Hungary will probably avoid being junk-rated, said London-based emerging market analysts after the government announced its fiscal adjustment package yesterday.
It is positive that the Hungarian government “actively addresses” long-term budgetary problems, the Barclays Capital commented the measurements, adding that in the short term, the package has lowered the risk of Hungary being junk-rated by the leading credit rating institutions.
However, Barclays Capital analysts called some elements of the package too optimistic. Such elements are the 4-6% annual growth rate of the economy and the creation of some 300,000 jobs until 2014.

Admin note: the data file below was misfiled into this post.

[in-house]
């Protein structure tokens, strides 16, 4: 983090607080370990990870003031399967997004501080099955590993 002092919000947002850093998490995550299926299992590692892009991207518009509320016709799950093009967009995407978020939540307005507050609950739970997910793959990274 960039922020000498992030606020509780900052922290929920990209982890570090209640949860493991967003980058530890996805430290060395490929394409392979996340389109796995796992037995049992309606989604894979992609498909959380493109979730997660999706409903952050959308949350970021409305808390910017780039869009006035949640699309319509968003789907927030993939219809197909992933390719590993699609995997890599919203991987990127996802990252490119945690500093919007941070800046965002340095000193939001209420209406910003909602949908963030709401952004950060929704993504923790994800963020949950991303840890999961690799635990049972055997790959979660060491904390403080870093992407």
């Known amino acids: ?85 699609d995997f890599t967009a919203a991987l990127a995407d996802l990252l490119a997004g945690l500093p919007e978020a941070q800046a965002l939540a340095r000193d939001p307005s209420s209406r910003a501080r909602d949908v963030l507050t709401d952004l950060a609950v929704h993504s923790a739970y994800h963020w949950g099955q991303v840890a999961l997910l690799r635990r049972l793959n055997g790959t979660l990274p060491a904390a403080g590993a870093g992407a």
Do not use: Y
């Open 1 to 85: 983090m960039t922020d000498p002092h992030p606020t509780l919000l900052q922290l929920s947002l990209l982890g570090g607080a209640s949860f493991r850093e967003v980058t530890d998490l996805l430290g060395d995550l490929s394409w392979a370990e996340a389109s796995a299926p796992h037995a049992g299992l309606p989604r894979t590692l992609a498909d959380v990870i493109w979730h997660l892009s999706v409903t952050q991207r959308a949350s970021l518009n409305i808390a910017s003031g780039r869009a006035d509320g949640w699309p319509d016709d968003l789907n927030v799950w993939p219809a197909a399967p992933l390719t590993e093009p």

Analysts at Bank of America-Merill Lynch said that the package shows the government’s commitment to the budgetary reforms and lowering Hungary’s state debt. At the same time, BofA-Merill Lynch analysts noted that there are serious risks in execution, but there is a good chance to lower the state debt to below 60% of GDP by 2016, given that the cyclic recovery of the Hungarian economy will continue.
Goldman Sachs analysts have reached the same conclusion. According to them, in order to reduce Hungary’s state debt within the given timeframe, yields of government bonds needs to be lowered significantly. Also, a continuous economic growth and a stable forint exchange rate are also necessary in order to reach the target, the analysts concluded.